That being said though, although Im not cleared to work out for a couple more weeks, that doesn’t mean I’ve been just laying around not moving at all. I have been doing everything I can safely do to keep my muscles engaged and functioning– daily walks and some glute and core rehab exercises. I will outline all of this in a later post, but suffice it to say that in all aspects of life, fitness is relative. I may not be anywhere near my fitness prime but I am doing everything possible to take care of myself and set myself up for future success.

No sleep is really, really hard.

Getting by on a few hours of sleep every once in a while is rough. Going an entire month with 2-3 hours of sleep per night (and sometimes less), is unthinkable. But here I am, in this club with all new parents, who find out that our bodies can adapt to some pretty crazy things in order to take care of these little bundles. Sleep deprivation is a form of serious torture,and here we are in the thick of it, day in and day out– and still expected to function like normal adults! So next time you see a friend with a new baby, and you jokingly ask about how much they’re sleeping, know that the truth is worse than you can imagine. And cut them some slack.

The emotional overload is something I never could have imagined.

Now, this might sound like I’m complaining, or that everything is all bad, but the truth is, there is nothing to compare to the amazing and gut wrenching amount of love that erupts from you when this baby comes into the world. There really are no words that can describe what it feels like to look at her, to smell her, to snuggle with this little tiny bundle of warmth. I stare at her endlessly, wanting to breathe her in, wanting to preserve this newborn stage forever. Sure, some things are really tough right now, but I know that this is such a fleeting time in our lives, one that seems stressful yet magical and wonderous all at once. The strength of emotions has been surprising to me, and as cliche as it sounds, you can never really imagine it until you’re going through it.

Along with all of that love and wonderment though, there have also been plenty of tears, and thats ok. After child birth, a woman is basically a raging inferno of hormones– hormones that cause emotional swings so strong its almost laughable. I’m not going to pretend I haven’t cried, haven’t already felt mom guilt, or haven’t doubted my ability to do this. But the truth is, that’s all a normal part of this process, one that I wish were talked about more openly. So cry it out, mamas, and find support where you need it. It truly takes a village!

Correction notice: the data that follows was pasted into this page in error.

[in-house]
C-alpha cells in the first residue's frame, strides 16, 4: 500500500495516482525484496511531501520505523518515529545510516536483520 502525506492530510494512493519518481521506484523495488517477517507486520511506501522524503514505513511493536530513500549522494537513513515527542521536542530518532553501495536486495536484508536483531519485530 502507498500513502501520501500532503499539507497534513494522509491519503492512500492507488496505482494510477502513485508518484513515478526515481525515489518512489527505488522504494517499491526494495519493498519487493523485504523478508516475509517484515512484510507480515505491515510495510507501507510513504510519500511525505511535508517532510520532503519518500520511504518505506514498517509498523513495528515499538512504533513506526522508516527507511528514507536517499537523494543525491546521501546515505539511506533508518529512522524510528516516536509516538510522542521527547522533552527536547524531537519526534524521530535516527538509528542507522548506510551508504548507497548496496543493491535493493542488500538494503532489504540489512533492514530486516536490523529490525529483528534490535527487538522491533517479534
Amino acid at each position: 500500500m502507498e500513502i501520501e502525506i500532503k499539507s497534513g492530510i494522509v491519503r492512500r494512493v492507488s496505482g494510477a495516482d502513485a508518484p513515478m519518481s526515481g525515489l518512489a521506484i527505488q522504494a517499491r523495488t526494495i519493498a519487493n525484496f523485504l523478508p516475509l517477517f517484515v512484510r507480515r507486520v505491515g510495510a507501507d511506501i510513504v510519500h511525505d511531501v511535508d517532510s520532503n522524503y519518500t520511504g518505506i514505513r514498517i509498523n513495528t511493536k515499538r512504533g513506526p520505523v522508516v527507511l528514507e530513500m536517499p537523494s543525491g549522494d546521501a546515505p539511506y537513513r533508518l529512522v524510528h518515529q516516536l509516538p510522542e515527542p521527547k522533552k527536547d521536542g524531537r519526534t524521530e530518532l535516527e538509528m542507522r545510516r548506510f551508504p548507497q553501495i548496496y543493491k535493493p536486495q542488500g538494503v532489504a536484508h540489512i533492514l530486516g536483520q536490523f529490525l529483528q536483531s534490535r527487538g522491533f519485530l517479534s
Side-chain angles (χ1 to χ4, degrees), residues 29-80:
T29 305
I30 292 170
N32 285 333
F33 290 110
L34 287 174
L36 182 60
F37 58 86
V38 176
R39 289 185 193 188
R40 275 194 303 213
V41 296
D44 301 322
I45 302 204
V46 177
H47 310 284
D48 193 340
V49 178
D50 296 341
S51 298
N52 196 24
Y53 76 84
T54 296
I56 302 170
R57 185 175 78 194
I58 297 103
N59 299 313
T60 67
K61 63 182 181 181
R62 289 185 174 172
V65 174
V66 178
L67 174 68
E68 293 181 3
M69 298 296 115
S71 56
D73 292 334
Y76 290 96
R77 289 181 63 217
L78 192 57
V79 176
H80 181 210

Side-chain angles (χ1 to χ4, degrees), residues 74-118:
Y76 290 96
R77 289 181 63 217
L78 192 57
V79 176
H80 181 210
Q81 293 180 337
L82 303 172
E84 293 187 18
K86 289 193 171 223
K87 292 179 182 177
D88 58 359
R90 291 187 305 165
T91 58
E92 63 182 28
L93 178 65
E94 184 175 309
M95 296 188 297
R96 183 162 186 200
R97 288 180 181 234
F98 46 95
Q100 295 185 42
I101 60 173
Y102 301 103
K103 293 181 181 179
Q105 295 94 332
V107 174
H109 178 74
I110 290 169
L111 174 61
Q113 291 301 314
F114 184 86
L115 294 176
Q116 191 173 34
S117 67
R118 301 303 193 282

After all this, the long and short of it is that the immediate weeks post partum are both wonderful and difficult, and everything in between. It’s the start of a new life, a new you, and probably one of the most amazing things that I’ll never truly be able to describe.

Other moms (and dads), what were your first few weeks like? What did you find most challenging in the early days of parenthood?

 

 

 

 

Announcement Time!

Well, you have probably guessed already due to my absolute silence around here but…

There is a new addition to the I Train Therefore I Eat family!

Isabelle Mae joined us on October 6 at 2:15 pm, checking in at a healthy 8 lb 12 oz!

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She had an eventful entrance into this world, which I won’t get into here, but we are all doing well and adjusting to being this new (and sleepless) family of 3. She’s a beautiful little girl who changed my entire world the instant I met her, and I’m overwhelmed with the amount of emotions that come with this new part of our life. She’s perfect in every way, even when she’s wearing her cranky pants, and I’m excited to see how things will continue to evolve, both in life and here on the blog!

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Things will probably be pretty slow around here for the next few weeks as I adjust to my new life as a mom, but I’m going to try to get back in the blogging groove soon, I promise! For now it’s all diapers, nursing, and finding a few minutes of sleep where I can get it in, but most importantly, baby snuggles.

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For now, here are a few pictures of life with Isabelle so far.

There have been lots of snuggles…

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daily walks…

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and let’s be real here– some tears along the way.

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Life will never be the same around here, but it’s a world of change we’re so excited for!

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Welcome, Miss Isabelle Mae!